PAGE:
Medical & Dental

Australian Dental Industry Association to help redefine medical 3D printing

The Australian Dental Industry Association (ADIA) has announced that it will be supporting Australia’s Therapeutic Goods Administration (TGA) to make regulatory changes in legislation for 3D printing in medicine.

The announcement comes just one month after the TGA’s initial proposal, and affirms a notion that the changes will help make customized healthcare safer for everyone.

The Australian Government logo. Image via
The Australian Government logo. Image via

Balancing safety and innovation 

Troy Williams is Chief Executive Officer of ADIA. According to Williams, “Australia’s dental industry has proven itself to be an early adopter of 3D printed medical devices,” and this, in turn “has lead the TGA to engage extensively with ADIA.” A number of dental operations have been carried out throughout the nation using custom-made medical devices. Recently, in East Melbourne, one patient even had her jaw partially reconstructed using a 3D printed titanium implant.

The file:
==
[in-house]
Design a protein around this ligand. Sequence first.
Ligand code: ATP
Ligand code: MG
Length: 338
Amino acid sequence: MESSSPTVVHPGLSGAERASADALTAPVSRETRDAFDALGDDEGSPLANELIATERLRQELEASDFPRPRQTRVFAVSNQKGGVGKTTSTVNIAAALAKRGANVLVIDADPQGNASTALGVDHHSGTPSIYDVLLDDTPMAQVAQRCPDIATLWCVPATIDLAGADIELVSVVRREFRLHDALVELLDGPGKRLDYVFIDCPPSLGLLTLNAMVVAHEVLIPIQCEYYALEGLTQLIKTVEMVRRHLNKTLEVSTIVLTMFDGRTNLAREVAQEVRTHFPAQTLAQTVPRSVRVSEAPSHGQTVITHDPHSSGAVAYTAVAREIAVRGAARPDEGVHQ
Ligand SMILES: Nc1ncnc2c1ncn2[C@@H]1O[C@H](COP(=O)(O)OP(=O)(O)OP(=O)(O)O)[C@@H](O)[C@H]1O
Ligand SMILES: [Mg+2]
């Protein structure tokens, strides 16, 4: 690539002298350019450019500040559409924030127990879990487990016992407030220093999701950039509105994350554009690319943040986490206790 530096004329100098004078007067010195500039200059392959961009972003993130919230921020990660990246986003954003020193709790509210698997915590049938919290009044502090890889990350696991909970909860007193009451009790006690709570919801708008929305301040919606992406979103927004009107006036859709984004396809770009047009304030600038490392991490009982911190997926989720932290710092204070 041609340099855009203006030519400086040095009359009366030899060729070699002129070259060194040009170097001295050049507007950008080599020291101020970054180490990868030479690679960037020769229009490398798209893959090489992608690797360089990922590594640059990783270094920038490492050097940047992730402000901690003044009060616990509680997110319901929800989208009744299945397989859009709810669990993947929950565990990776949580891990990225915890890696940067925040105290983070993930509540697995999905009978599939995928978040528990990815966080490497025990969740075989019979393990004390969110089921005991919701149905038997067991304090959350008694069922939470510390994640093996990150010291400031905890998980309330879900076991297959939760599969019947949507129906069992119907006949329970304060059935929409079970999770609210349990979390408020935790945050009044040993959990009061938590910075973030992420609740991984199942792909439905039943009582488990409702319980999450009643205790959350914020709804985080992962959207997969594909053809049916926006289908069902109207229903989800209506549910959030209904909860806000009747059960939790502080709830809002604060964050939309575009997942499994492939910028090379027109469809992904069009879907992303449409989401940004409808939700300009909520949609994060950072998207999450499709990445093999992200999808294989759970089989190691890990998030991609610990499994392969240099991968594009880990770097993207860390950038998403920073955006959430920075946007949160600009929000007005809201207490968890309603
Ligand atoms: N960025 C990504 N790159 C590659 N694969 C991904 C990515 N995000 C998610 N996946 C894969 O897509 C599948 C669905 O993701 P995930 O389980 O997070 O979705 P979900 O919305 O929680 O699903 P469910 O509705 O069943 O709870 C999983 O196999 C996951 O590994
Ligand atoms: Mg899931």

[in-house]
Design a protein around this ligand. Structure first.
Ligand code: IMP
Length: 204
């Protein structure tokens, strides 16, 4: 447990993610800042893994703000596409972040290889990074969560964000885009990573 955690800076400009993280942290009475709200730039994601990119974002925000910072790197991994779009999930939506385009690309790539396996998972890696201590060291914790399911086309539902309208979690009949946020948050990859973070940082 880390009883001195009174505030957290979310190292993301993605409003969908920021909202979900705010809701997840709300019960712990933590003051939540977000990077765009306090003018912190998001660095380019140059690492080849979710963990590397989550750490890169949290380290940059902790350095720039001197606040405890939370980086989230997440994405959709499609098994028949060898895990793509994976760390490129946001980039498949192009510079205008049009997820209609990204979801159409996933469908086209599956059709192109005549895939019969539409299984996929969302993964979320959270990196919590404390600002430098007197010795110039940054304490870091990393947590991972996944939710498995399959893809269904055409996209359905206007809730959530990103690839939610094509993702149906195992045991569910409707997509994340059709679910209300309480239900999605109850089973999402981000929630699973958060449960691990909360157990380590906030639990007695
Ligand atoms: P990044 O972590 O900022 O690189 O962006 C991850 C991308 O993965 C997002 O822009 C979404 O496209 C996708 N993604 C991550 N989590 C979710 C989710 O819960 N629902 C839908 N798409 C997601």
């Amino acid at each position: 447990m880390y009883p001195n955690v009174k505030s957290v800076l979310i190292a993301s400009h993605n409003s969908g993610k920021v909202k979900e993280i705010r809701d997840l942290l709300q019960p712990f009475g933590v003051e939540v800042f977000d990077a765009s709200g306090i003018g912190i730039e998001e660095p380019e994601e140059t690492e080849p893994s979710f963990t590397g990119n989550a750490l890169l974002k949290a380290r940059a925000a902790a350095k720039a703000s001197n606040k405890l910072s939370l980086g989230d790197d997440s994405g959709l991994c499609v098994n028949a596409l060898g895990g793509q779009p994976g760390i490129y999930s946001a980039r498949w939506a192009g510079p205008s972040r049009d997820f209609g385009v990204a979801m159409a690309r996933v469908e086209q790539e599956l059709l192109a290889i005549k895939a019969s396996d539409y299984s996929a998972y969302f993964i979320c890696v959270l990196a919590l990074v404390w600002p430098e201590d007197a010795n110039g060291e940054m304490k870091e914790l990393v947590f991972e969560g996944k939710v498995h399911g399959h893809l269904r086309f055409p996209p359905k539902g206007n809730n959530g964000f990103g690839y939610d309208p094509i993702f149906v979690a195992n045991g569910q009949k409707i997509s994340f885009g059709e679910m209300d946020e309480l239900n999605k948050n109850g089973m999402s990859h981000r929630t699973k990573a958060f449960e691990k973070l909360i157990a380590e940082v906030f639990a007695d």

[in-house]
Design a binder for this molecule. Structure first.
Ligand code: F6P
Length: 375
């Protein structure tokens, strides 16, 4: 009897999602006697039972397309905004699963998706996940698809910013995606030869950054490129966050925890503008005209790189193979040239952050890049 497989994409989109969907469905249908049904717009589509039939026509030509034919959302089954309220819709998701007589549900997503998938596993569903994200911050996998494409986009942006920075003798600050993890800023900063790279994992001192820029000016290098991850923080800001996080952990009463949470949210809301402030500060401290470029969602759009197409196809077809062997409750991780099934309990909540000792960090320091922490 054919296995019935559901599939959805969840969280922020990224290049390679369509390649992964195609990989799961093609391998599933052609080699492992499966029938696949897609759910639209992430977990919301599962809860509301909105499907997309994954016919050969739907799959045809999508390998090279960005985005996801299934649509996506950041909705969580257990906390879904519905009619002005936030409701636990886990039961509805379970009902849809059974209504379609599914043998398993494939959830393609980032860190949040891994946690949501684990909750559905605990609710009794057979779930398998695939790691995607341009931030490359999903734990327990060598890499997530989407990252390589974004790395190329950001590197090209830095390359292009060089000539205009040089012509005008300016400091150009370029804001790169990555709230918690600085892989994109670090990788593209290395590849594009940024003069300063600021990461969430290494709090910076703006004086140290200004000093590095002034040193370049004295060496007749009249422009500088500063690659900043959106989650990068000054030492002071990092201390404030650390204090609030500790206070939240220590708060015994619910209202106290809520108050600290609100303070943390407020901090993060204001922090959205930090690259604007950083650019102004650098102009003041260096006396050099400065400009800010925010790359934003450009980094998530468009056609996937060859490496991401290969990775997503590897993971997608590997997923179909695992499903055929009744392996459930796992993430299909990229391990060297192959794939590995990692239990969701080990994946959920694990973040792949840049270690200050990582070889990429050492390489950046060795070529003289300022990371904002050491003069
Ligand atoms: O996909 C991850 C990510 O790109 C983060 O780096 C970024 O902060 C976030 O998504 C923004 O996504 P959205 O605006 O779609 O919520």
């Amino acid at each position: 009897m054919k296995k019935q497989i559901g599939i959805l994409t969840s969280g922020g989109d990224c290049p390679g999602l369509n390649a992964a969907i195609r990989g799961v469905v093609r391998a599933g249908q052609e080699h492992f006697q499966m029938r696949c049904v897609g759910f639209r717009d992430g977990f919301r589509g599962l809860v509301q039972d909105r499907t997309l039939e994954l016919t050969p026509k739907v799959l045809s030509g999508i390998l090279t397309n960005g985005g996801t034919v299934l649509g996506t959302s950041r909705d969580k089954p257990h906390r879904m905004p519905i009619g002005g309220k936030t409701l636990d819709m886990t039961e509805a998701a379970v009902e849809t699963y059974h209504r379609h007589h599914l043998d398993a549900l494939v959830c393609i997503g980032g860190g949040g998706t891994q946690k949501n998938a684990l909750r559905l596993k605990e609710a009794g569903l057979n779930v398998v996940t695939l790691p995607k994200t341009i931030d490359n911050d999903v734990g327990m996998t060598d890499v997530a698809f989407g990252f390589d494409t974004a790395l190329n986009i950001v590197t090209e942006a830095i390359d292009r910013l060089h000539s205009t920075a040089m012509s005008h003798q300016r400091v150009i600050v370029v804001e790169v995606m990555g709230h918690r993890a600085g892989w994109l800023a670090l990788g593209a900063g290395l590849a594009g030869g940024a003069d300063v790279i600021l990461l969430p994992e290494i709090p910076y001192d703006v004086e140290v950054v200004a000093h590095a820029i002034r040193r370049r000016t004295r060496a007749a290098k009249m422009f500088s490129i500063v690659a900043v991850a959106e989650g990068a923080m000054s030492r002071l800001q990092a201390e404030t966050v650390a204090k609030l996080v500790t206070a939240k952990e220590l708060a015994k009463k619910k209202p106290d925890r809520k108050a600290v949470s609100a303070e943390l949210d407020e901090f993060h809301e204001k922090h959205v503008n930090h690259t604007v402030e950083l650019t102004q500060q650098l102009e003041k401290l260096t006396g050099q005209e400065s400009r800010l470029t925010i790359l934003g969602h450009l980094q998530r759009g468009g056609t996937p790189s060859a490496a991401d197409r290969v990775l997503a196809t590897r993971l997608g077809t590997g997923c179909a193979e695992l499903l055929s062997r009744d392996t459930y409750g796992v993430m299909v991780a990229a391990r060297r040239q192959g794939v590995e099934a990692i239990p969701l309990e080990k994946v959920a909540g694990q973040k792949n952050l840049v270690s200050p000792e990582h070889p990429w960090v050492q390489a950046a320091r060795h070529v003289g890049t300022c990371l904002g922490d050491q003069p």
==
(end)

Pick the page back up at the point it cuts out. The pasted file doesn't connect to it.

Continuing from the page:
As a fairly new and developing technology there are concerns that regulation could restrict the development of medical 3D printing, as in a recent proposal put forward (but rejected) in European Parliament. Instead, a clearer framework could in fact make it easier for manufacturers to bring devices to market. Williams assures,

“We have a shared objective of ensuring that new regulations do not unnecessarily constrain this evolving technology.”

Troy Williams, Chief Executive Officer of the Australian Dental Industry Association. Photo via ADIA
Troy Williams, Chief Executive Officer of the Australian Dental Industry Association. Photo via ADIA

A necessary update

The reason behind this call for action from the TGA is that current regulations are somewhat outdated, and include exemptions that incorrectly classify some devices made for high risk applications. Williams explains, “…the current medical device regulatory framework was developed in an era when 3D healthcare products – especially implantable medical devices – was not on the horizon of anyone,”

The changes will also ensure a number of protections, including those relating to liability, for example, “Dental laboratories producing large number of custom-made medical devices should continue to be considered as a ‘manufacturer’ for regulatory purposes.”

Williams continues, “In our engagement with the TGA the dental industry’s objective is to develop a regulatory framework for 3D printed medical devices that is based on a risk management approach designed to ensure public health and safety, while at the same time freeing industry from any unnecessary regulatory burden.”

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Featured image shows 3D printed teeth models. Photo via Formlabs